Over the past decade, gender-based violence (GBV) in Egypt has gone from a private taboo to an issue of public discussion. This is particularly true of sexual harassment in public spaces, which, having hit headlines at home and abroad during the events of the 2011 revolution, continues to excite popular debate, legislative activity, and civil-society action. While a number of national surveys have studied women’s experiences of GBV, including sexual harassment, less is known about men’s attitudes and experiences as perpetrators or victims of GBV, in either the public and private domain.

When it comes to domestic violence, more than half of male respondents believed that women deserve to be beaten on occasion, and 90 per cent asserted that women should accept such treatment in order to preserve the family (see Table 3.2.1a). While women strongly disagreed with their male counterparts on the former point, they were far more willing to tolerate violence for the sake of family unity.

Nearly half of Egyptian men have used physical violence against their wives. More than 8 in 10 ever-married men reported having been emotionally violent toward their wives at some point in their lives. Just over half of ever-married men surveyed had carried out one of these acts of violence in the previous 12 months (Table 3.4.6a). Physical violence is also common: almost half of male respondents had ever slapped, shoved, struck, or otherwise physically abused their wives, with a fifth of ever-married men reporting physical violence against their wives in the previous year.21 More than half of men and women reported that such acts of violence were committed in front of children. Furthermore, a fifth of men reported ever having used forms of economic violence against their wives.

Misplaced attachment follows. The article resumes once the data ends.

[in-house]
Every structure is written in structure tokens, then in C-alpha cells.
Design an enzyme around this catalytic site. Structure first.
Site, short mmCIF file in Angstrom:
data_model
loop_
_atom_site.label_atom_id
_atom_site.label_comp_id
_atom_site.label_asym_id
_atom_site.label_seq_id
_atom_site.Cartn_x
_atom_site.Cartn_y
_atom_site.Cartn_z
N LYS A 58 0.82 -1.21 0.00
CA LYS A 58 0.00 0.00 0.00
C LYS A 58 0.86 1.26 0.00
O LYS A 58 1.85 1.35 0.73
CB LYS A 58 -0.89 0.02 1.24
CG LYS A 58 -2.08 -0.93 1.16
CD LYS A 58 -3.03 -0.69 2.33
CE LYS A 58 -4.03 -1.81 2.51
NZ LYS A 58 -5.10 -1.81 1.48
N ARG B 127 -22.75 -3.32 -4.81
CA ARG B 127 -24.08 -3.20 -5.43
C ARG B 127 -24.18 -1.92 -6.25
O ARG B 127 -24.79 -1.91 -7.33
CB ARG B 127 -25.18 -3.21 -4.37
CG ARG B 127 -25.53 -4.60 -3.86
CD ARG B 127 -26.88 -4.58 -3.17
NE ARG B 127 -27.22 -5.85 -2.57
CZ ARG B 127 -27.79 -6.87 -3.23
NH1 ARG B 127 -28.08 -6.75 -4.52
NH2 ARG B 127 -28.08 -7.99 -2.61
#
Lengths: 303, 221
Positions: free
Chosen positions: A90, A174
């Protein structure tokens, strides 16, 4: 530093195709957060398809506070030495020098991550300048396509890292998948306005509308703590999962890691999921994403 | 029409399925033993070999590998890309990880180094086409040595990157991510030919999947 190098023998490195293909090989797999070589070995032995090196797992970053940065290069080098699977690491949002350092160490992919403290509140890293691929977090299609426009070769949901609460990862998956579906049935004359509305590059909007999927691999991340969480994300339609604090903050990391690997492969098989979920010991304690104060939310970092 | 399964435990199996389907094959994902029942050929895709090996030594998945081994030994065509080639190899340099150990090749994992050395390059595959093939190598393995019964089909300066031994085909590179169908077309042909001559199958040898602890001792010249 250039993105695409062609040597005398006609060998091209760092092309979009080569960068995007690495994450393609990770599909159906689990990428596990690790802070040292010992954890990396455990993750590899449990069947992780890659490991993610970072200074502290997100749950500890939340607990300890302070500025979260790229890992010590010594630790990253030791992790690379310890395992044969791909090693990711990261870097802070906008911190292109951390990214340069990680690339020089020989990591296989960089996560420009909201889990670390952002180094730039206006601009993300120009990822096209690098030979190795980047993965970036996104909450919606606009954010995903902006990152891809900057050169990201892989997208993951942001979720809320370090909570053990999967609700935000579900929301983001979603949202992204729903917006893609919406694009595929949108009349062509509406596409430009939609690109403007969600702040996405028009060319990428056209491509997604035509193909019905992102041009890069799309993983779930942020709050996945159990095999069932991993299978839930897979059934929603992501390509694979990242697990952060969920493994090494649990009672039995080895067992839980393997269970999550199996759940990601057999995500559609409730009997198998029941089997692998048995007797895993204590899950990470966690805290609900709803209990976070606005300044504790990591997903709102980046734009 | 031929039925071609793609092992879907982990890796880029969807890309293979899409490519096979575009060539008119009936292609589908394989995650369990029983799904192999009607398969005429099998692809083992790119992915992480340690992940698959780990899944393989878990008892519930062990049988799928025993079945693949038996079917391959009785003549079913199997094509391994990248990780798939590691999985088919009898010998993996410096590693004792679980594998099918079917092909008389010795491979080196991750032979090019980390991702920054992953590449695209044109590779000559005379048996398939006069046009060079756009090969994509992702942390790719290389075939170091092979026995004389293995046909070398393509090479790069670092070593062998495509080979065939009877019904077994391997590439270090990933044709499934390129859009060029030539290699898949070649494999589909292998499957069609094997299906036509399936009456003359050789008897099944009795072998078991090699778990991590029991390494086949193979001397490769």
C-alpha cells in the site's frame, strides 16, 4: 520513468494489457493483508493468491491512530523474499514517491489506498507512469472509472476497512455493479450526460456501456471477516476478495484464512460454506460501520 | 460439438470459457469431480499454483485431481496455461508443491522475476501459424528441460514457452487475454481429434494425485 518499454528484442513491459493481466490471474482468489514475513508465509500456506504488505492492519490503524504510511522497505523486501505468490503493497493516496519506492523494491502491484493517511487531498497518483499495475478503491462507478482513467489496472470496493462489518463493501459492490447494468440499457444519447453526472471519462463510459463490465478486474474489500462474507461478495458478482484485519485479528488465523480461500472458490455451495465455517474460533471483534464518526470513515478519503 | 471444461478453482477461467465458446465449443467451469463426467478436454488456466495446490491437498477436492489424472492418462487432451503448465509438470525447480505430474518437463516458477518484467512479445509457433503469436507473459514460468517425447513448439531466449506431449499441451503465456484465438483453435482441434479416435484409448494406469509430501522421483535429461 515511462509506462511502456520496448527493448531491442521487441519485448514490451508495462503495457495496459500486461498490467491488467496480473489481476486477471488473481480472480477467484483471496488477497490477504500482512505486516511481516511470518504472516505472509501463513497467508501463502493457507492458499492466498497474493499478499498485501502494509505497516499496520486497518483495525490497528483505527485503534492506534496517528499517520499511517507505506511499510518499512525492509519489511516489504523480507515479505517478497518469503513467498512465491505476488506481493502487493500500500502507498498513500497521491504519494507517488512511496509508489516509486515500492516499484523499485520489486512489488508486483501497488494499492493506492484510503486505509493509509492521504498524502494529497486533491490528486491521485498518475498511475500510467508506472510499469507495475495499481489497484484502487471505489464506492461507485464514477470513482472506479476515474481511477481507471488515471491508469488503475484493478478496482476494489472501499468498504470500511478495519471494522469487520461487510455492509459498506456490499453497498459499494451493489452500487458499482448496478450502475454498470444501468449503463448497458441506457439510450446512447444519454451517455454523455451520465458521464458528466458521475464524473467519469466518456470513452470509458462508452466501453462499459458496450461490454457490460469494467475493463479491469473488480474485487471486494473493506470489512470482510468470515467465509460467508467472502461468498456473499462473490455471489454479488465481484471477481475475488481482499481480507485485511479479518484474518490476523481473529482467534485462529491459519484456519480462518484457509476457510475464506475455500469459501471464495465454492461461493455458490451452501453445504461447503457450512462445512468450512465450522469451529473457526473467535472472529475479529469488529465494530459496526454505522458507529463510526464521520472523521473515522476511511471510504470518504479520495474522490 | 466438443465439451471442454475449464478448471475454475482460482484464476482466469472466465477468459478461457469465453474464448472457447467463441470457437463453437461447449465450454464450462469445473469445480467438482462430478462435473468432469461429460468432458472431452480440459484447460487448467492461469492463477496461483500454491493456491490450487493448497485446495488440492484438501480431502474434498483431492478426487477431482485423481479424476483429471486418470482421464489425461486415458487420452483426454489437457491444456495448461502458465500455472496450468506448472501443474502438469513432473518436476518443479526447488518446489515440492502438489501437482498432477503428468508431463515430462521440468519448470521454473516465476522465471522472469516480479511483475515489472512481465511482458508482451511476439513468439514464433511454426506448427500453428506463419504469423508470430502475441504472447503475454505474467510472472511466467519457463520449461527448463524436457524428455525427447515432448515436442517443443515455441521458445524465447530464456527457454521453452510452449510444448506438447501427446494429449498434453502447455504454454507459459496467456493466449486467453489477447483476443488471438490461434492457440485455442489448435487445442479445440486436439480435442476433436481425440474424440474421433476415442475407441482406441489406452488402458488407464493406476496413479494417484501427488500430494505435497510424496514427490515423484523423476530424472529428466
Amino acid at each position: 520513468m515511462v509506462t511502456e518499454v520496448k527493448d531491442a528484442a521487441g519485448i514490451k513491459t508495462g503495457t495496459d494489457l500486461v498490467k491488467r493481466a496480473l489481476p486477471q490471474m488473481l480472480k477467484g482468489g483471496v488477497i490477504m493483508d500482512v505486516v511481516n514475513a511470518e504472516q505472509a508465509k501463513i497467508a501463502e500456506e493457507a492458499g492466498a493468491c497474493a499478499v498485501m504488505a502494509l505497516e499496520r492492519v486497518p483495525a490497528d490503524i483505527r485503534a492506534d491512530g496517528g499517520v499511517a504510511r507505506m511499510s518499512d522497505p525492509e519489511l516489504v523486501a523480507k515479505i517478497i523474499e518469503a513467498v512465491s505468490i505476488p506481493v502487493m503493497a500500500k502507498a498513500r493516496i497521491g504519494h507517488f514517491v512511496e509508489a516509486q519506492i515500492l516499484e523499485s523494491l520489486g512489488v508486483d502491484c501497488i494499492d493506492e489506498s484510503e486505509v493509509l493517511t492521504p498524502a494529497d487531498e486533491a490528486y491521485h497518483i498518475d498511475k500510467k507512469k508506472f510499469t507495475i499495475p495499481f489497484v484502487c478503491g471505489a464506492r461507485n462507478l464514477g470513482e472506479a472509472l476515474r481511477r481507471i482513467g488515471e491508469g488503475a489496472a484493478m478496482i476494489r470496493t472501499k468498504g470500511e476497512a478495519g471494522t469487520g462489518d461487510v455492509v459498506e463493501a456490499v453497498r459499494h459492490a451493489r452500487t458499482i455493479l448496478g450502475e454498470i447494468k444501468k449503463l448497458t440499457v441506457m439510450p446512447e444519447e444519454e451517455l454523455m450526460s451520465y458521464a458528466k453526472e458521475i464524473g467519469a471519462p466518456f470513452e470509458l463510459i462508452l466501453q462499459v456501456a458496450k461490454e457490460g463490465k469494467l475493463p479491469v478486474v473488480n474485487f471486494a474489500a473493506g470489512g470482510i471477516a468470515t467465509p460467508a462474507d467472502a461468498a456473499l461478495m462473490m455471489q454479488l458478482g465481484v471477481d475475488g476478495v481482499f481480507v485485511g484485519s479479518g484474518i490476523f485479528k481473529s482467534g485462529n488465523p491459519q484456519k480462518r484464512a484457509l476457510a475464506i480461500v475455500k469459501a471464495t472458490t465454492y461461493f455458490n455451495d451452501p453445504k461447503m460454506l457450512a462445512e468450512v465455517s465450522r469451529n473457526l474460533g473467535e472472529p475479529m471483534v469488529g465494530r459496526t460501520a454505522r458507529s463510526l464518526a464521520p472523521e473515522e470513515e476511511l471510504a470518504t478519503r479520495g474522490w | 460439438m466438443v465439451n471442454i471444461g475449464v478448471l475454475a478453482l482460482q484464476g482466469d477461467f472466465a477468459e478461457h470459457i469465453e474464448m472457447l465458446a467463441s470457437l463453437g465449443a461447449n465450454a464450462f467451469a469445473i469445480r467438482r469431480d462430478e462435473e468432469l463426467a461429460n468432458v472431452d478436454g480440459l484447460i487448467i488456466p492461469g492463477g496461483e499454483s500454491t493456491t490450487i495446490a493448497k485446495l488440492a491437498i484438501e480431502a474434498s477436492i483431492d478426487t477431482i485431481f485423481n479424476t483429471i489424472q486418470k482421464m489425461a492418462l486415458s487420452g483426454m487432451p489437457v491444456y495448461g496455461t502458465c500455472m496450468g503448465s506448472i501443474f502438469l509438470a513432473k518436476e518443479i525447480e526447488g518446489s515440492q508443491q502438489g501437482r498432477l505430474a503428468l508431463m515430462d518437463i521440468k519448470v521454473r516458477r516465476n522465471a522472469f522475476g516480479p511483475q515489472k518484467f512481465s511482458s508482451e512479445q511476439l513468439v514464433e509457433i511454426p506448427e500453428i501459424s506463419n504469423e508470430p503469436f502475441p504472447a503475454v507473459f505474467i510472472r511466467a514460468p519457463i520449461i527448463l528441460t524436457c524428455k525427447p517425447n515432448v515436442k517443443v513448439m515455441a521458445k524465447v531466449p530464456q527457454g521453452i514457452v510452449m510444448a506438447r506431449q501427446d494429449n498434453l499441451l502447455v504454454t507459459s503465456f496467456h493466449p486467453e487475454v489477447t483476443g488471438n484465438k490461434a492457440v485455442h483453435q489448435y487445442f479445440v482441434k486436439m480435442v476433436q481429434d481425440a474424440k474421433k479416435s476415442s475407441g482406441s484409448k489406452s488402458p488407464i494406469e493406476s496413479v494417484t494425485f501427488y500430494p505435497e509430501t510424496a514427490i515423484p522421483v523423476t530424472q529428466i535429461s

Women report experiencing violence at lower rates than men report perpetration, except in the case of economic and sexual violence. On the whole, women’s reported rates of experiencing physical and emotional abuse were lower than men’s of perpetration.22 As has been seen in other countries where IMAGES has been carried out, the biggest gap between men’s reports of perpetration and women’s reports of experience was in the case of sexual violence. One in six women reported having been forced to have sex with her husband, while almost no men reported having committed such abuse.

In the Egyptian penal code, marital rape is not classified as an offense. However, more than 80 per cent of the men surveyed believed that a woman should have the right to refuse to have sex with her husband (Figure 3.4.6a), and by the same token, fewer than a fifth of men believed that a man has the right to have sex with his wife if he supports her financially. Rights in theory, though, are different from those in practice; almost all men in the study said they expect their wives to have sex when they themselves so desire it (see Figure 3.4.3c). Women, for their part, were more inclined to uphold male privilege, and to subscribe to the notion that women are obliged to accede to their husbands’ sexual demands. In short, men’s underreporting of such violence may reflect a state of denial, and women’s more frequent reports their lived reality. 


Author: Kiersten Marek

Kiersten Marek, LICSW, is the founder of Philanthropy Women. She practices clinical social work and writes about how women donors and their allies are advancing social change.